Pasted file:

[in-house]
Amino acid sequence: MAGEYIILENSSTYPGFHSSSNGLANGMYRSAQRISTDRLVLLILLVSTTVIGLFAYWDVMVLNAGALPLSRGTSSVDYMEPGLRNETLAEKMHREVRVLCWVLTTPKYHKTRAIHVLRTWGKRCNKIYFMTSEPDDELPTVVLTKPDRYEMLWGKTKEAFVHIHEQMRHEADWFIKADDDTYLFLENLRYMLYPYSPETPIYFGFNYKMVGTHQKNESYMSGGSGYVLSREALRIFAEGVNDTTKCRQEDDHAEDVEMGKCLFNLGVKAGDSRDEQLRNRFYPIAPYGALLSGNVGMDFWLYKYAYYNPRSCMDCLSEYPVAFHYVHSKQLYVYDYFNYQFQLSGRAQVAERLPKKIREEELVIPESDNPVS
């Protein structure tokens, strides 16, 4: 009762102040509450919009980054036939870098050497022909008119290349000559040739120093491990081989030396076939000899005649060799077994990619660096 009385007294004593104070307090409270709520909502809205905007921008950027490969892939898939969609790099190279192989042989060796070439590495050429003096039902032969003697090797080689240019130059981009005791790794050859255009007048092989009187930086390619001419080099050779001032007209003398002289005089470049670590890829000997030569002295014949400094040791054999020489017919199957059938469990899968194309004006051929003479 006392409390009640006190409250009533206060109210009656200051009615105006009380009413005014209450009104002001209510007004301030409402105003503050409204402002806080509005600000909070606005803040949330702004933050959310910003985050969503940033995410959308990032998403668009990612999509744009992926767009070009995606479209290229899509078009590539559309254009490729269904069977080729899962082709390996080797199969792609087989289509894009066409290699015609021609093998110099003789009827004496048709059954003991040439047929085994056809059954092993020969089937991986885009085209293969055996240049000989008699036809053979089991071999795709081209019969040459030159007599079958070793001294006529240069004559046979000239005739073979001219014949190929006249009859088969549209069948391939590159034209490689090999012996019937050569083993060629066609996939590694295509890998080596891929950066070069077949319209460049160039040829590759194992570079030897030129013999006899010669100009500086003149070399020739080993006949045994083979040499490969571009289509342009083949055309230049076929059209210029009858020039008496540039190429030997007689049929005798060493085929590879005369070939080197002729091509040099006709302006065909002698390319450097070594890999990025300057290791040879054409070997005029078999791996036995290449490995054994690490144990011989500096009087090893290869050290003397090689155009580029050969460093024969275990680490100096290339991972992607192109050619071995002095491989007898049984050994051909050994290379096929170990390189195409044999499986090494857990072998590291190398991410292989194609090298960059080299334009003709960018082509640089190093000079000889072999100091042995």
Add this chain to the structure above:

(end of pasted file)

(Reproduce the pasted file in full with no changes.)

[in-house]
Amino acid sequence: MAGEYIILENSSTYPGFHSSSNGLANGMYRSAQRISTDRLVLLILLVSTTVIGLFAYWDVMVLNAGALPLSRGTSSVDYMEPGLRNETLAEKMHREVRVLCWVLTTPKYHKTRAIHVLRTWGKRCNKIYFMTSEPDDELPTVVLTKPDRYEMLWGKTKEAFVHIHEQMRHEADWFIKADDDTYLFLENLRYMLYPYSPETPIYFGFNYKMVGTHQKNESYMSGGSGYVLSREALRIFAEGVNDTTKCRQEDDHAEDVEMGKCLFNLGVKAGDSRDEQLRNRFYPIAPYGALLSGNVGMDFWLYKYAYYNPRSCMDCLSEYPVAFHYVHSKQLYVYDYFNYQFQLSGRAQVAERLPKKIREEELVIPESDNPVS
């Protein structure tokens, strides 16, 4: 009762102040509450919009980054036939870098050497022909008119290349000559040739120093491990081989030396076939000899005649060799077994990619660096 009385007294004593104070307090409270709520909502809205905007921008950027490969892939898939969609790099190279192989042989060796070439590495050429003096039902032969003697090797080689240019130059981009005791790794050859255009007048092989009187930086390619001419080099050779001032007209003398002289005089470049670590890829000997030569002295014949400094040791054999020489017919199957059938469990899968194309004006051929003479 006392409390009640006190409250009533206060109210009656200051009615105006009380009413005014209450009104002001209510007004301030409402105003503050409204402002806080509005600000909070606005803040949330702004933050959310910003985050969503940033995410959308990032998403668009990612999509744009992926767009070009995606479209290229899509078009590539559309254009490729269904069977080729899962082709390996080797199969792609087989289509894009066409290699015609021609093998110099003789009827004496048709059954003991040439047929085994056809059954092993020969089937991986885009085209293969055996240049000989008699036809053979089991071999795709081209019969040459030159007599079958070793001294006529240069004559046979000239005739073979001219014949190929006249009859088969549209069948391939590159034209490689090999012996019937050569083993060629066609996939590694295509890998080596891929950066070069077949319209460049160039040829590759194992570079030897030129013999006899010669100009500086003149070399020739080993006949045994083979040499490969571009289509342009083949055309230049076929059209210029009858020039008496540039190429030997007689049929005798060493085929590879005369070939080197002729091509040099006709302006065909002698390319450097070594890999990025300057290791040879054409070997005029078999791996036995290449490995054994690490144990011989500096009087090893290869050290003397090689155009580029050969460093024969275990680490100096290339991972992607192109050619071995002095491989007898049984050994051909050994290379096929170990390189195409044999499986090494857990072998590291190398991410292989194609090298960059080299334009003709960018082509640089190093000079000889072999100091042995």
Add this chain to the structure above: